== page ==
President Biden has signed an executive order to make sexual harassment an offense under the Uniform Code of Military Justice, and to improve the military’s response to domestic violence and the unlawful distribution of intimate images.
Establishing sexual harassment as an offense under the code was called for by the I Am Vanessa Guillén Act in the 2022 National Defense Authorization Act. Guillén was only 20 when she was murdered in April 2020, allegedly by a fellow soldier. A U.S. Army report said officers at Fort Hood ignored her complaints of sexual harassment in the time leading up to her death.
Mr. Biden has said he supports the military removing the investigation and prosecution of sexual assault cases from commanders’ control, which would be a big change for the military criminal justice system.
In a statement, the White House said the executive order “strengthens the military justice system’s response to gender-based violence, and delivers on key recommendations from the Independent Review Commission on Sexual Assault in the Military (IRC) that Secretary of Defense Lloyd Austin launched in March 2021.”
Last summer, General Mark Milley, the Defense Department’s top officer, signaled he is open to “significant and fundamental change” in how the military handles sexual assault and harassment, but he would want to see “detailed study” before the military justice system changes how it handles serious crimes. Austin has also expressed an openness to make changes to the military justice system.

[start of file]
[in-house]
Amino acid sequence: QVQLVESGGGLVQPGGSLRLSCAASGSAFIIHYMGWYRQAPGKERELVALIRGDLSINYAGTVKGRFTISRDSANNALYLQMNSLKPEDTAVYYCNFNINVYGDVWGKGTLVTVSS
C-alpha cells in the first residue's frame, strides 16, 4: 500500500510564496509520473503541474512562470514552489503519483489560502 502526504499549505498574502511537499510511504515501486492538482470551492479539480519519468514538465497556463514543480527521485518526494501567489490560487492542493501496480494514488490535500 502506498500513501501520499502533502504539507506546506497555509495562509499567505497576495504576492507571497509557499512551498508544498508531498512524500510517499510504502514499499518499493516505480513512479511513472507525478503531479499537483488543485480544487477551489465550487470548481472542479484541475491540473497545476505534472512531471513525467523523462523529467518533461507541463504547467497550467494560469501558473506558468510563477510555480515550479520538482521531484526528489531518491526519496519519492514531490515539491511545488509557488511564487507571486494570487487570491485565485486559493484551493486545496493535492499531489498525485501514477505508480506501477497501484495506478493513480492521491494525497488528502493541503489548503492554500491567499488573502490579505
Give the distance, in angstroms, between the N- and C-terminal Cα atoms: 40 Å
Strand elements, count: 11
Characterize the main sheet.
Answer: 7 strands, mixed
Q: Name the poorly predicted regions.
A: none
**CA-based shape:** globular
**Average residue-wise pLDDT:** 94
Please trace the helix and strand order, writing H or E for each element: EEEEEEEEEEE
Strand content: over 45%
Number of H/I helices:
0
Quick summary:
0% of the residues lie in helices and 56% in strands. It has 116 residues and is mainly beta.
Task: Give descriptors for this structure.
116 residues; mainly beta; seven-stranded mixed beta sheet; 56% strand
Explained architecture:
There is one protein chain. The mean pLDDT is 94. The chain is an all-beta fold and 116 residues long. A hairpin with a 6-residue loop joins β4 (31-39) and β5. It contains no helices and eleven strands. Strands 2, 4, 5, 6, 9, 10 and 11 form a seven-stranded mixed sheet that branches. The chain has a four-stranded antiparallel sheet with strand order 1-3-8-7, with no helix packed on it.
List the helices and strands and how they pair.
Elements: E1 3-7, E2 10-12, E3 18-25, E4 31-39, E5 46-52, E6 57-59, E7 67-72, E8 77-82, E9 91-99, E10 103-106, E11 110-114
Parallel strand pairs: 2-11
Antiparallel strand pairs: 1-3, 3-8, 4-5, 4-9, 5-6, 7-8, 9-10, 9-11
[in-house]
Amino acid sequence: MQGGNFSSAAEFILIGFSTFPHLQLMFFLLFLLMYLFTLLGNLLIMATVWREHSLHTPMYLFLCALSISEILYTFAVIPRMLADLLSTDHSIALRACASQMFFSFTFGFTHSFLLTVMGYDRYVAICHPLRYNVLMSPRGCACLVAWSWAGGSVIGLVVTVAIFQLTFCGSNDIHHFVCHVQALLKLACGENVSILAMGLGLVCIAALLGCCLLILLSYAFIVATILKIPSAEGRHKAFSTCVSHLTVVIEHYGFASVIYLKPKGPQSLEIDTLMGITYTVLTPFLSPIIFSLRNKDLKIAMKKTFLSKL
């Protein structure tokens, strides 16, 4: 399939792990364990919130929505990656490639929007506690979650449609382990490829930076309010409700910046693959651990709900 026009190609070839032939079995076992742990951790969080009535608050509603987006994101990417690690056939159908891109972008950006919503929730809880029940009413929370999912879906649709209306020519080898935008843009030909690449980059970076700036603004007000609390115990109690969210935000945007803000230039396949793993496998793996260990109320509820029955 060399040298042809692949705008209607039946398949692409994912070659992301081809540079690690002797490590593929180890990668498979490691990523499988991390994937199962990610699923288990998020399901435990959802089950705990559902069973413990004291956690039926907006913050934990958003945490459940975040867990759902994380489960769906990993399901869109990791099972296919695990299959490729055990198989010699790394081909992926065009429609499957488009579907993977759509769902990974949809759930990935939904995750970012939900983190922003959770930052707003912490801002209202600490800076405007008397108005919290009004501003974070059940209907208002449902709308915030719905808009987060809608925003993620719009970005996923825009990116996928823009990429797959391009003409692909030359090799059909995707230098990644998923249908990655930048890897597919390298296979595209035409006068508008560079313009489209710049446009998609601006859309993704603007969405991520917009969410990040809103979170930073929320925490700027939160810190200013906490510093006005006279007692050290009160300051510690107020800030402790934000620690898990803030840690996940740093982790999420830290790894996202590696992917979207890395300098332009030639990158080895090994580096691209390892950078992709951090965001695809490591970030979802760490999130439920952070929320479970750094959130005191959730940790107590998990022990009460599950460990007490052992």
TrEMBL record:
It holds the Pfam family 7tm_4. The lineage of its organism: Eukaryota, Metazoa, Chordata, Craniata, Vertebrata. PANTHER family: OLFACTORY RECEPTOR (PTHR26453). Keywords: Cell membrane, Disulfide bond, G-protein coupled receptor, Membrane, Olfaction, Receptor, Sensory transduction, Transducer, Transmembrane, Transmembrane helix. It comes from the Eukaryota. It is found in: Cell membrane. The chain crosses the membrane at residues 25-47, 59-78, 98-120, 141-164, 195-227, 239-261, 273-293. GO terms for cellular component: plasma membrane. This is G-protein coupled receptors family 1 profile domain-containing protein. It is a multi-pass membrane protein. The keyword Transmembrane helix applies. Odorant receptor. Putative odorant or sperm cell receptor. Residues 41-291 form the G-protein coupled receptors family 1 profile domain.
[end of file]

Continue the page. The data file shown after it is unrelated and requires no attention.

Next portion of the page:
CBS News has done extensive reporting on domestic violence and sexual assault in the military. Last year, CBS News found roughly 100,000 incidents of domestic abuse have reported to the military since 2015. But the military has not kept comprehensive data on the problem.
And nearly a decade after Congress mandated the use of investigators and prosecutors specifically trained to handle sexual assault and domestic violence cases, a draft Pentagon report showed the military is failing to comply with federal law that requires it to give survivors of such abuse support. In an analysis of almost 450 military special victims cases filed between 2018 to 2020, the Department of Defense’s inspector general found that 64% did not have properly trained prosecutors assigned to them.